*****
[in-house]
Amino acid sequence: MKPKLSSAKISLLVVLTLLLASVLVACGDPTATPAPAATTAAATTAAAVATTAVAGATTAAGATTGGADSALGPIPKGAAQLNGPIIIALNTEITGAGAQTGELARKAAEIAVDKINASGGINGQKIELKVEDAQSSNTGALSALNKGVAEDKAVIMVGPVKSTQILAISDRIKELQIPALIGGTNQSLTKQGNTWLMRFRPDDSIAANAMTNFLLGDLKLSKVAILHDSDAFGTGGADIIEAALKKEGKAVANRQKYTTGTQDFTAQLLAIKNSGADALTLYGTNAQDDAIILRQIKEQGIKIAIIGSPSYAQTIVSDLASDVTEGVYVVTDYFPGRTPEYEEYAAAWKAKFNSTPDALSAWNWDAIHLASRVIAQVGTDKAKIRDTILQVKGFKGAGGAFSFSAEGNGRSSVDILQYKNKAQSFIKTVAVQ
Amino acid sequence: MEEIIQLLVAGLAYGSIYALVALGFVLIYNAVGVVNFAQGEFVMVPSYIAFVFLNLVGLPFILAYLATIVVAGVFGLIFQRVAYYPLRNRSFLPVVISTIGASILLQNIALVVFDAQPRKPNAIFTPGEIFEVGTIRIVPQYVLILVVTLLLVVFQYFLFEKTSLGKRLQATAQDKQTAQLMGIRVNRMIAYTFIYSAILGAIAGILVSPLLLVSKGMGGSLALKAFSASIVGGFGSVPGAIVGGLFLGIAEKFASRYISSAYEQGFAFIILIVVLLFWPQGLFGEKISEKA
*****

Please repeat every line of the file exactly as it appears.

[in-house]
Amino acid sequence: MKPKLSSAKISLLVVLTLLLASVLVACGDPTATPAPAATTAAATTAAAVATTAVAGATTAAGATTGGADSALGPIPKGAAQLNGPIIIALNTEITGAGAQTGELARKAAEIAVDKINASGGINGQKIELKVEDAQSSNTGALSALNKGVAEDKAVIMVGPVKSTQILAISDRIKELQIPALIGGTNQSLTKQGNTWLMRFRPDDSIAANAMTNFLLGDLKLSKVAILHDSDAFGTGGADIIEAALKKEGKAVANRQKYTTGTQDFTAQLLAIKNSGADALTLYGTNAQDDAIILRQIKEQGIKIAIIGSPSYAQTIVSDLASDVTEGVYVVTDYFPGRTPEYEEYAAAWKAKFNSTPDALSAWNWDAIHLASRVIAQVGTDKAKIRDTILQVKGFKGAGGAFSFSAEGNGRSSVDILQYKNKAQSFIKTVAVQ
Amino acid sequence: MEEIIQLLVAGLAYGSIYALVALGFVLIYNAVGVVNFAQGEFVMVPSYIAFVFLNLVGLPFILAYLATIVVAGVFGLIFQRVAYYPLRNRSFLPVVISTIGASILLQNIALVVFDAQPRKPNAIFTPGEIFEVGTIRIVPQYVLILVVTLLLVVFQYFLFEKTSLGKRLQATAQDKQTAQLMGIRVNRMIAYTFIYSAILGAIAGILVSPLLLVSKGMGGSLALKAFSASIVGGFGSVPGAIVGGLFLGIAEKFASRYISSAYEQGFAFIILIVVLLFWPQGLFGEKISEKA